Croatia has A LOT of indigenous grape varieties so a bottle of Croatian wine makes a great souvenir to remind you of flavours and aromas uniquely found in Croatia. In Dalmatia, the most famous ones are the Vugava wine from Vis island, Pošip Wine, Rosé wines, and the red wine varieties – Plavac Mali, Babić, and Dingac. In Istria, a bottle of Malvasia is highly recommended and Graśevina is your top choice if coming from Slavonia. One of the best ways to buy Croatian wine is to visit a local winery and learn from the makers. Rakija is popular all over the Balkan region, especially in Croatia where locals also use it for cooking, cleaning, and different home remedies. Rakija is a fruit brandy, often made with honey, different herbs, and fruits, and usually served as an aperitif.
Photo source: Instagram: kras_hrvatska
Kraš is a Croatian chocolate factory that was founded in 1911 and is undoubtedly the best local brand of chocolates in Croatia. Kraš products are widely sold in every supermarket in Croatia. In Zagreb, Rijeka, and Opatija, you can buy Kraś chocolates in Kraš Choco Bar where they sell a wide assortment of chocolate products, chocolate drinks, cakes, ice cream, and pastries. The bestselling product is Bajadera, a layered nougat from almonds and hazelnuts. Kraš also has biscuits and wafers called Domačica, Jadro, and Napolitanke that are also loved by the locals. Other popular products include chocolate boxes Griotte, Fontana, Novela, Dorina Praline and Dragees, and chocolate bars Dorina and Čoksa.
Croatian olive oil
Olives from Pag Island | Photo credit: Mario Romulić
Croatia ranks 7 in the Extra Virgin Olive Oil world ranking for countries with the best olive oil in the world but Croatia produces limited quantities of olive oil for exportation so do not miss the opportunity to bring home a bottle of local Croatian olive oil with you. Olive oil is widely used in Croatian and Meditteranean cuisine and most Croatian families grow olive trees and produce their own olive oil for family use. According to Tasteatlast, the best quality olive oil in Croatia are the ones from the islands of Šolta, Korčula, Cres, Krk, and the region of Istria. There is a lot of homemade olive oil the are sold in pazar (Croatia’s farmer’s market) and small shops all over Croatia, as well.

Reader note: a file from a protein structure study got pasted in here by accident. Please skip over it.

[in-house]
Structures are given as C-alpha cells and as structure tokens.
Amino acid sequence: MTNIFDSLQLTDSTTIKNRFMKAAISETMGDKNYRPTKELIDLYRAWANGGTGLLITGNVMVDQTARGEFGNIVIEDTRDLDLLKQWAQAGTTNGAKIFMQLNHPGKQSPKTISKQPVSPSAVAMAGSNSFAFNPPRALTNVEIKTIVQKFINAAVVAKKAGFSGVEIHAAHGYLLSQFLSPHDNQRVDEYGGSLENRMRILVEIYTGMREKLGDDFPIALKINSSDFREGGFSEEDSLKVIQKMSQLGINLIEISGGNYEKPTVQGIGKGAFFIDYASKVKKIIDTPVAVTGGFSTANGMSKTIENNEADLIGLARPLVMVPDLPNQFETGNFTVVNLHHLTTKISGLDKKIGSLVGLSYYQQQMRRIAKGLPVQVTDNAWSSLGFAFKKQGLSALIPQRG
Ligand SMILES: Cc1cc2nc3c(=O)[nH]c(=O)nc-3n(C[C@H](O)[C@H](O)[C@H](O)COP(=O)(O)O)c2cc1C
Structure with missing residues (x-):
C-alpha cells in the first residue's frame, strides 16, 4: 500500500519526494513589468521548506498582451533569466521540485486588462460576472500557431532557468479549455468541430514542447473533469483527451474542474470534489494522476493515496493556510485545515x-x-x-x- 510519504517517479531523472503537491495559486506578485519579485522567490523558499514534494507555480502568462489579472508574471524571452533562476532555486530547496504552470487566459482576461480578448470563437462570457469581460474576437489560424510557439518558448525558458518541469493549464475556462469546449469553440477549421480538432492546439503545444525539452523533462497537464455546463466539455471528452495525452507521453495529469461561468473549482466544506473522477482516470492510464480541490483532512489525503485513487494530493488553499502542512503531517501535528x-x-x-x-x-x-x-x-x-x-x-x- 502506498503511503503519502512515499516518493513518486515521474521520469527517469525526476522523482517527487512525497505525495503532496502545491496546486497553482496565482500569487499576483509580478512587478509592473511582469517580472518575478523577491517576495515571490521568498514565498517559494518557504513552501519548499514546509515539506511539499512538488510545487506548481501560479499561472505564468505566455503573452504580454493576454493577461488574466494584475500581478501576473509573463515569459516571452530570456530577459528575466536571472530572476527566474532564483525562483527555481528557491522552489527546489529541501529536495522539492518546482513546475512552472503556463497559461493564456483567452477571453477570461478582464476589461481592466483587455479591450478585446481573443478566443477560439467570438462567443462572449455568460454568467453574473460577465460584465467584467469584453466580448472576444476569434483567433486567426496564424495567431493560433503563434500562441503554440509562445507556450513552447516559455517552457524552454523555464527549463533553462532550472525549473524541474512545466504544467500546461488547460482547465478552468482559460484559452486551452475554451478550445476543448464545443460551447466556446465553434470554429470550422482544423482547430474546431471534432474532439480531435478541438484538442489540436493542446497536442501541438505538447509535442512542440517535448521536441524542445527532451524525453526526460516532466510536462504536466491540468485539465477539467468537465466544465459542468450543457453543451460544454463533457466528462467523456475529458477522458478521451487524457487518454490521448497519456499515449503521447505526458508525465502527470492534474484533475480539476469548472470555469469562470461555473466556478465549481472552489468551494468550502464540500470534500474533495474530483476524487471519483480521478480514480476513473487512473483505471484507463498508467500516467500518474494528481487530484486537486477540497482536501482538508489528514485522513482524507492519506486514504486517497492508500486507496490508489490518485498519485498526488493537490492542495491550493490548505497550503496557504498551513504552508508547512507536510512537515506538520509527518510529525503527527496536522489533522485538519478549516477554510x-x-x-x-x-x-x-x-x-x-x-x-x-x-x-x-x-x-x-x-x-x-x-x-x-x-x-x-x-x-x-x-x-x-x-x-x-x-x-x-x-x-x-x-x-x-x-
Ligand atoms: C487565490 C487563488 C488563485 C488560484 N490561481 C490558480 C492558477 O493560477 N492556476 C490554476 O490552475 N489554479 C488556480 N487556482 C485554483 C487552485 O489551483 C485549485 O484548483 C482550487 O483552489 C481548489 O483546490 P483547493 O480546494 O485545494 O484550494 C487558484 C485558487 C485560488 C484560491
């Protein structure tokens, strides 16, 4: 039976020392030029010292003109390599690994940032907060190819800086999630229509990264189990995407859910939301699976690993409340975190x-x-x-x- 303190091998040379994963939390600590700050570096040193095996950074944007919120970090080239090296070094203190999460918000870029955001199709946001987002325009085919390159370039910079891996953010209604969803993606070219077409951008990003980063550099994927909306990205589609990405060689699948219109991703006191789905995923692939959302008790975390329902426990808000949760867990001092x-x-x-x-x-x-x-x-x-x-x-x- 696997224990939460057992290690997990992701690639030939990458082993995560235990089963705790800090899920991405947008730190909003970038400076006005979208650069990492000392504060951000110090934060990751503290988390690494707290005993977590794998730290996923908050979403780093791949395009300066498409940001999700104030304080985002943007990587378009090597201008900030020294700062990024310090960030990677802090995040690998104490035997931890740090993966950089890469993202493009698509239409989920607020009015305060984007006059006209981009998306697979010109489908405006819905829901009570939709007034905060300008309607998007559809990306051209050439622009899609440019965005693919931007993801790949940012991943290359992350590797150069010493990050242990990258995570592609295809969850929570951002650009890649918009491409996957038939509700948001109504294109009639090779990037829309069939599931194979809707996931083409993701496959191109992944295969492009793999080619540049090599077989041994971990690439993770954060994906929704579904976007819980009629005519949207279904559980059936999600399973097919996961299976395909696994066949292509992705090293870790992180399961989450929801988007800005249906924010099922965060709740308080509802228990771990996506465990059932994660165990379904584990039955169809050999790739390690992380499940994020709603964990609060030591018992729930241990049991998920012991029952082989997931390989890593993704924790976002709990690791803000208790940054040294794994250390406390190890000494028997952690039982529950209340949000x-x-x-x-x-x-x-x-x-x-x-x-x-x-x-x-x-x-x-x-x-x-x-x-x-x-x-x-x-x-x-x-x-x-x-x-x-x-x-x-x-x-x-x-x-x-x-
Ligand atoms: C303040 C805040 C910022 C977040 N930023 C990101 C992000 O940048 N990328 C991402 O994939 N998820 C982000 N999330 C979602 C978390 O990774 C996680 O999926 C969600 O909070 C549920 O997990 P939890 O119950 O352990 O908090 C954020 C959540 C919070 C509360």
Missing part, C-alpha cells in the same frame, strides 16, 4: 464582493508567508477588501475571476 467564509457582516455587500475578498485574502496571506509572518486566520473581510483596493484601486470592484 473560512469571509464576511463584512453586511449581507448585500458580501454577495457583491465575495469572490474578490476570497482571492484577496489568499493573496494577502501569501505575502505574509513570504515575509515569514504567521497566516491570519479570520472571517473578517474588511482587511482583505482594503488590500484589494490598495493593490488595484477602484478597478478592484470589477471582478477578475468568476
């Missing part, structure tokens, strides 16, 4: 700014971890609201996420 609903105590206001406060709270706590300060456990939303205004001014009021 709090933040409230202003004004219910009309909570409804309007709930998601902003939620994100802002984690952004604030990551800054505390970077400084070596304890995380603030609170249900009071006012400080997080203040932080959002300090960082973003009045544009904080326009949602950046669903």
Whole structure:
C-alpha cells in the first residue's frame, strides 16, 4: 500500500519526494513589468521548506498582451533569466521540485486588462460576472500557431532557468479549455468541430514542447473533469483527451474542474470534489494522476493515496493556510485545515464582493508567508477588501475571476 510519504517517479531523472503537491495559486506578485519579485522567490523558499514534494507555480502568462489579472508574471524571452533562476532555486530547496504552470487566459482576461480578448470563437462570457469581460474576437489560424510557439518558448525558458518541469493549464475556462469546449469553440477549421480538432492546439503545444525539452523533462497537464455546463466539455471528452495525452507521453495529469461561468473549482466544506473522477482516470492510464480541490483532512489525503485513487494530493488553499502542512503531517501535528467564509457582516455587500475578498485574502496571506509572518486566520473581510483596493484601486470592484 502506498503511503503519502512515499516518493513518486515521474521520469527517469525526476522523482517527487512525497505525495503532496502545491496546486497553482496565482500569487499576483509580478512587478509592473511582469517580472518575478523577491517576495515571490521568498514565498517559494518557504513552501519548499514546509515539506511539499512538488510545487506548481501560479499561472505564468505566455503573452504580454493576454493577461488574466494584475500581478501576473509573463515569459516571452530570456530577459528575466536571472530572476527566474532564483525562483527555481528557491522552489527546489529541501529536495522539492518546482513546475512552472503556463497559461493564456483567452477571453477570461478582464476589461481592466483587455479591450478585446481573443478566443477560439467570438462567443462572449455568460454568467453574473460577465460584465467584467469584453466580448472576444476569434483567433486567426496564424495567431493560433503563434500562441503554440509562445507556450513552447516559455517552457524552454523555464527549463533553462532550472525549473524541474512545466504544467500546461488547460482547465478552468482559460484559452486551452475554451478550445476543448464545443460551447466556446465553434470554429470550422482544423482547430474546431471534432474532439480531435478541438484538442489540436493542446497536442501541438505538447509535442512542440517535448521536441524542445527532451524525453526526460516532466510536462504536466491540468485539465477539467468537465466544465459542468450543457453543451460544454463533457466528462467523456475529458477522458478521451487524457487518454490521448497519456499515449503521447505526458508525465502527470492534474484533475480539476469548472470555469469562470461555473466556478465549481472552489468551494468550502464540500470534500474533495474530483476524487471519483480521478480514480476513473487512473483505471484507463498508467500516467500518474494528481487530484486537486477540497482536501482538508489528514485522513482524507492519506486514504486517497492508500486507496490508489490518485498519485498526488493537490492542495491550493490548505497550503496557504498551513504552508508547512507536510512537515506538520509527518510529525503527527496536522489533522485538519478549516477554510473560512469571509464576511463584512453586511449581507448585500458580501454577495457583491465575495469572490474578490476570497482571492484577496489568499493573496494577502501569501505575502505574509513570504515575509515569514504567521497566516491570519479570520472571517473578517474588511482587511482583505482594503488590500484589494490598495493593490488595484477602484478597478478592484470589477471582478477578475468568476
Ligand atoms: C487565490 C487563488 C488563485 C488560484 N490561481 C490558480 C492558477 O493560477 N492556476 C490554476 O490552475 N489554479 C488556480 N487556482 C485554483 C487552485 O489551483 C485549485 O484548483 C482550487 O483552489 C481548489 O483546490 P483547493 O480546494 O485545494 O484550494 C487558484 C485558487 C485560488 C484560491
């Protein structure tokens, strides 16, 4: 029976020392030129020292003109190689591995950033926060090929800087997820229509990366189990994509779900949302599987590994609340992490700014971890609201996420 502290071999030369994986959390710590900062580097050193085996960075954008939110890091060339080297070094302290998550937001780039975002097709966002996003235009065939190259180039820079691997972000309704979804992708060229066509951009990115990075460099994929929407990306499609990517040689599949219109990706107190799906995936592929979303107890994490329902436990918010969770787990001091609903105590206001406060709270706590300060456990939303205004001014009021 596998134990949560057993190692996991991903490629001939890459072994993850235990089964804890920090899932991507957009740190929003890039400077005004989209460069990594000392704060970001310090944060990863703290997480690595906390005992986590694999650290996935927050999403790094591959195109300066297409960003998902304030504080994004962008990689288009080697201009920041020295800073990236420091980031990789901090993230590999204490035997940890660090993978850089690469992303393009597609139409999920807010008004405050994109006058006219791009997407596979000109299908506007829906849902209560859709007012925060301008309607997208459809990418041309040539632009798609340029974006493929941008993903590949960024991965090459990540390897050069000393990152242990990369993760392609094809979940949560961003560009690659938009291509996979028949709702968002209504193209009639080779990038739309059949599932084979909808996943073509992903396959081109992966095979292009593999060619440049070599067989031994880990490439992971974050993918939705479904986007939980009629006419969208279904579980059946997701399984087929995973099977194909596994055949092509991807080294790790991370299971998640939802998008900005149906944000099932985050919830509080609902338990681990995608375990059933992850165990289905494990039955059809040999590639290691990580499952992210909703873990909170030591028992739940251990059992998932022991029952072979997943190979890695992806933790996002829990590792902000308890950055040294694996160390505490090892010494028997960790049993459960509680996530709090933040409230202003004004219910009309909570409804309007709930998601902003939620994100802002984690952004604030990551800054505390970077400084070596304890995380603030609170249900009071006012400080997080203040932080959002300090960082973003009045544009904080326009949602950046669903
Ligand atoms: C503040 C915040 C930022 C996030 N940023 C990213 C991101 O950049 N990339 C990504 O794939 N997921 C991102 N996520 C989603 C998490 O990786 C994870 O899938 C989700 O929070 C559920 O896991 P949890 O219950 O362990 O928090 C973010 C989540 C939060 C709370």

By Isiwal / Wikimedia Commons / CC-BY-SA-3.0, CC BY-SA 3.0, https://commons.wikimedia.org/w/index.php?curid=32899504
Croatian cheeses have won several international recognitions and awards making them one of the best souvenirs in Croatia to take home with you. The most famous traditional Croatian cheeses include Pag cheese, inland Croatia’s special Prga and Škripavac, and Sir iz mišine from the Dalmatian region of Croatia. The Pag cheese is highly regarded for its unique flavour and good nutritional content since it is made from the milk of sheep that graze solely on Mediterranean herbs and pastures which are full of salt from the sea that was carried on by the Bora wind in the island of Pag. Prgica, or Prga, is a specialty of the Bilogora-Podravina and Medimurje regions and is produced from fresh cow’s milk that has been fermented for few days that was added with salt and spicy/sweet red paprika and is dried and shaped into cones. Škripavac is a traditional cheese produced in the region of Lika. Škripavac is the freshest cheese in Croatian cheeses because the raw cow’s milk or sheep’s milk is only strained and afterward heated enough to dissolve the rennin that coagulates it. Sir iz mišine is made from sheep’s milk that is aged in mišina (lambskin sacks), which gives the cheese its distinct aroma and flavour. It is transported and sold in the same sack it aged in.